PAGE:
An inmate register reveals that there was 1576 prisoners in total which were held at Alcatraz during its time as a Federal Penitentiary, between 1934 to 1963, although figures reported have varied and some have stated 1557.
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- Inmate #85: Al 'Scarface' Capone. Conviction: Tax evasion. Time Served at Alcatraz: 5 years (1934–1939) Post-Term: mental illness, death from syphilis. By the time Al Capone arrived at Alcatraz on the morning of August 22, 1934, he was past his peak as a crime kingpin.
- Inmate #110: Roy Gardner. Conviction: Armed robbery. Time Served at Alcatraz: 2 years (1934–1936) Post-Term: author, suicide. Alcatraz was repurposed by the federal government from a military prison to a general federal prison in 1933 expressly to deal with criminals like Roy G. Gardner, the man who was nicknamed “King of the Escape Artists.”
- Inmate #117: George 'Machine Gun' Kelly. Conviction: Kidnapping. Time Served at Alcatraz: 17 years (1934–1951) Post-Term: died of a heart attack in jail. It couldn’t be said that many of the criminals who ended up in Alcatraz were from good families, but Machine Gun Kelly was raised in a well-off Memphis household and even attended some college.
- Inmate #325: Alvin 'Creepy' Karpis. Conviction: Kidnapping. Time Served at Alcatraz: 26 years (1936–1962) Post-Term: author, pill overdose. Like "Machine Gun" Kelly, Alvin Francis Karpowicz saw kidnapping as an easier way to make large sums of money than bank robbing.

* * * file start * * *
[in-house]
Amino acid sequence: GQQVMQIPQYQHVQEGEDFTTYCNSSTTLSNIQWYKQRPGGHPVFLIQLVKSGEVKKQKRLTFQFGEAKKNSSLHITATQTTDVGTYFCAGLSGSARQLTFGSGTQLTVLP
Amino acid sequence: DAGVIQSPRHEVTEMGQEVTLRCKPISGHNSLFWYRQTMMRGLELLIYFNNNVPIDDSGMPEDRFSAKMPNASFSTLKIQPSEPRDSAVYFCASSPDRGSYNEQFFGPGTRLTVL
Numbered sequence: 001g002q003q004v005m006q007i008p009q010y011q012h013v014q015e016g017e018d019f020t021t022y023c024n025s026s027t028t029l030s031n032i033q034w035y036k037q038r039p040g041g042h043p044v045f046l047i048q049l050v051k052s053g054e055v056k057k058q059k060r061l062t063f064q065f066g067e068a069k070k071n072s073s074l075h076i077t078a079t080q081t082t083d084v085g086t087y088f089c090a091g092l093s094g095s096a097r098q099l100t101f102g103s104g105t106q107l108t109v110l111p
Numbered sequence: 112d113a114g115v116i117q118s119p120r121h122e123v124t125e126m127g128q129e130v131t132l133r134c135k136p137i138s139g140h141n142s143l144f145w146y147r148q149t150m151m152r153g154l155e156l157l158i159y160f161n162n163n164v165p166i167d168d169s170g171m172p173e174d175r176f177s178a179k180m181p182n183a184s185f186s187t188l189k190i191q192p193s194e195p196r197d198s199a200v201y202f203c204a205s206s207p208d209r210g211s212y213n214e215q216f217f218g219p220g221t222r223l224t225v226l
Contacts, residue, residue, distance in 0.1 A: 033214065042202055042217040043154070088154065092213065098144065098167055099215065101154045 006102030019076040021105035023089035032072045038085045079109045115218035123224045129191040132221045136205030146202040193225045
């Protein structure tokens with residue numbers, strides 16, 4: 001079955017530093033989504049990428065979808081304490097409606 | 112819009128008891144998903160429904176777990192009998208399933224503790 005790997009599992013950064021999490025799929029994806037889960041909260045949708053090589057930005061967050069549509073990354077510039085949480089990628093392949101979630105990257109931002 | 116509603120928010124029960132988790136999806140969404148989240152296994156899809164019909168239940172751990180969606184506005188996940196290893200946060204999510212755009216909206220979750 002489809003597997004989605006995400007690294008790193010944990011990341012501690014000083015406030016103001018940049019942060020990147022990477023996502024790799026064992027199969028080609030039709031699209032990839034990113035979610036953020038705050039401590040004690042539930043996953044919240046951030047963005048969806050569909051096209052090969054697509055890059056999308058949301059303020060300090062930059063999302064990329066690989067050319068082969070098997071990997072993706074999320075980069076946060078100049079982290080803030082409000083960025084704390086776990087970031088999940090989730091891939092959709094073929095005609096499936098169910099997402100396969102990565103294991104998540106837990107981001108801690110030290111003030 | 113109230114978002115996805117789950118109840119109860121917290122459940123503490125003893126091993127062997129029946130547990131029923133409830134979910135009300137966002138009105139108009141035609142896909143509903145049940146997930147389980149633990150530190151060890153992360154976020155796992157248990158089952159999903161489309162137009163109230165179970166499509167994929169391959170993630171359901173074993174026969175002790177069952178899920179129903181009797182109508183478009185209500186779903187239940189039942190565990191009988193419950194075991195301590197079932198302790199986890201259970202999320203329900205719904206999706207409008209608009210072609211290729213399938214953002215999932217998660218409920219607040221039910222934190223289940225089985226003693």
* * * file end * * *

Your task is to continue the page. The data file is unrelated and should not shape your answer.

May 21, 2020 · The number of prisoners in Fort Alcatraz climbed steadily through the Civil War and additional cells were constructed as the island facility transitioned into a long-term military prison in 1868. Men of the 13th infantry on Alcatraz Island circa 1902. - Courtesy NPS Archive
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The following is a list of shown or referenced Alcatraz inmates. Johnny McKee: 2055 "Johnny McKee" Incarcerated on November 23, 1959. Arrested for poisoning and murder.
While several well-known criminals, such as Al Capone, George "Machine-Gun" Kelly, Alvin Karpis (the first "Public Enemy #1"), and Arthur "Doc" Barker did time on Alcatraz, most of the 1,576 prisoners incarcerated there were not well-known gangsters, but prisoners who refused to conform to the rules and regulations at other Federal institutions, who were considered violent and dangerous, or who were considered escape risks.
Alcatraz Island, also known as ‘The Rock,’ a rocky island in San Francisco Bay, off the coast of California, in the United States. From 1934 to 1963, a facility on the island served as a federal prison for some of the most dangerous civilian prisoners. Learn more about the history of Alcatraz Island here.
Welcome to Alcatraz History Alcatraz History was designed to help introduce you to the rich history of Alcatraz during the penitentiary years and many of the convicts who called “the Rock” home. From the 1934 until 1963, Alcatraz was America's premier maximum-security prison, the final stop for the nation's most incorrigible prisoners.
In the 1850s, Alcatraz began operating to hold military prisoners during the Civil War. Boats came far and few in between, so much so that the families of guards lived on the Alcatraz island complete with wives and their children totaling three hundred civilians on the island, excluding inmates. Alcatraz held over fifteen hundred prisoners.
In 1907, Alcatraz was re-designated as the “Pacific Branch, U.S. Military Prison” and prison guards replaced infantry soldiers. New projects soon began to accommodate the many military prisoners and during World War I, the prison housed German prisoners of war.
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